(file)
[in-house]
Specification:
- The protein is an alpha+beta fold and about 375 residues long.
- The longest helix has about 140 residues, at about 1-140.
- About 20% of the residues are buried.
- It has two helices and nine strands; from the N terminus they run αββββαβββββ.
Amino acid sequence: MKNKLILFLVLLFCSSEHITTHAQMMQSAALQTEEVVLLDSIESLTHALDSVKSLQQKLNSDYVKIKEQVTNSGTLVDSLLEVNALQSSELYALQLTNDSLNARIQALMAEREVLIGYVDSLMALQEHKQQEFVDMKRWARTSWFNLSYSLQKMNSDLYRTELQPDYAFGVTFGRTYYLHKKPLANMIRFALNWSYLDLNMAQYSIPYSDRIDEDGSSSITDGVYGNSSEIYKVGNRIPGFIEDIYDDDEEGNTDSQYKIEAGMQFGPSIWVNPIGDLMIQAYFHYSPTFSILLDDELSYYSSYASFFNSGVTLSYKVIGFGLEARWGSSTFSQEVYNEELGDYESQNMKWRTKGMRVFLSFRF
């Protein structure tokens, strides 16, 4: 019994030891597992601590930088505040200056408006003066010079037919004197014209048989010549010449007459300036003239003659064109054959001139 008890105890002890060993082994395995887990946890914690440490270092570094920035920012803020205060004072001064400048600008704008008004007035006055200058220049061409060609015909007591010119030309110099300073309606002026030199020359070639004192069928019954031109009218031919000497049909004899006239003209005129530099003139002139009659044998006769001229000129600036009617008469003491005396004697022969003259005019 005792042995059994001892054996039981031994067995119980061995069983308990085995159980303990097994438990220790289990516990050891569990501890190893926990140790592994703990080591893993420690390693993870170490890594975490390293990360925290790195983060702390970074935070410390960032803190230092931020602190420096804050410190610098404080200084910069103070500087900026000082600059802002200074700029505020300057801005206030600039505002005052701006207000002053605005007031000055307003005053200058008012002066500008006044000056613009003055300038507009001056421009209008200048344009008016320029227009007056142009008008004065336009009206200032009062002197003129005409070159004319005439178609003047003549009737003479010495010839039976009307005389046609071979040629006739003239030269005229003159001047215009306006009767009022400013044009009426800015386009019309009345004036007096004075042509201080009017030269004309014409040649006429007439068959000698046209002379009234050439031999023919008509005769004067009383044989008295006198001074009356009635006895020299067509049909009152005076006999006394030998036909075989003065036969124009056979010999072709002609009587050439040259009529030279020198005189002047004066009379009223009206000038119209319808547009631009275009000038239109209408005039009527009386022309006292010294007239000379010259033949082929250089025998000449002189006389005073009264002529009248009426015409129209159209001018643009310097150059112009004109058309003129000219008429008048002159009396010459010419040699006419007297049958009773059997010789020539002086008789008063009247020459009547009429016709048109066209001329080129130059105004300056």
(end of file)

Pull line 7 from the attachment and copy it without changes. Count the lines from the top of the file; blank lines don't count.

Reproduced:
Amino acid sequence: MKNKLILFLVLLFCSSEHITTHAQMMQSAALQTEEVVLLDSIESLTHALDSVKSLQQKLNSDYVKIKEQVTNSGTLVDSLLEVNALQSSELYALQLTNDSLNARIQALMAEREVLIGYVDSLMALQEHKQQEFVDMKRWARTSWFNLSYSLQKMNSDLYRTELQPDYAFGVTFGRTYYLHKKPLANMIRFALNWSYLDLNMAQYSIPYSDRIDEDGSSSITDGVYGNSSEIYKVGNRIPGFIEDIYDDDEEGNTDSQYKIEAGMQFGPSIWVNPIGDLMIQAYFHYSPTFSILLDDELSYYSSYASFFNSGVTLSYKVIGFGLEARWGSSTFSQEVYNEELGDYESQNMKWRTKGMRVFLSFRF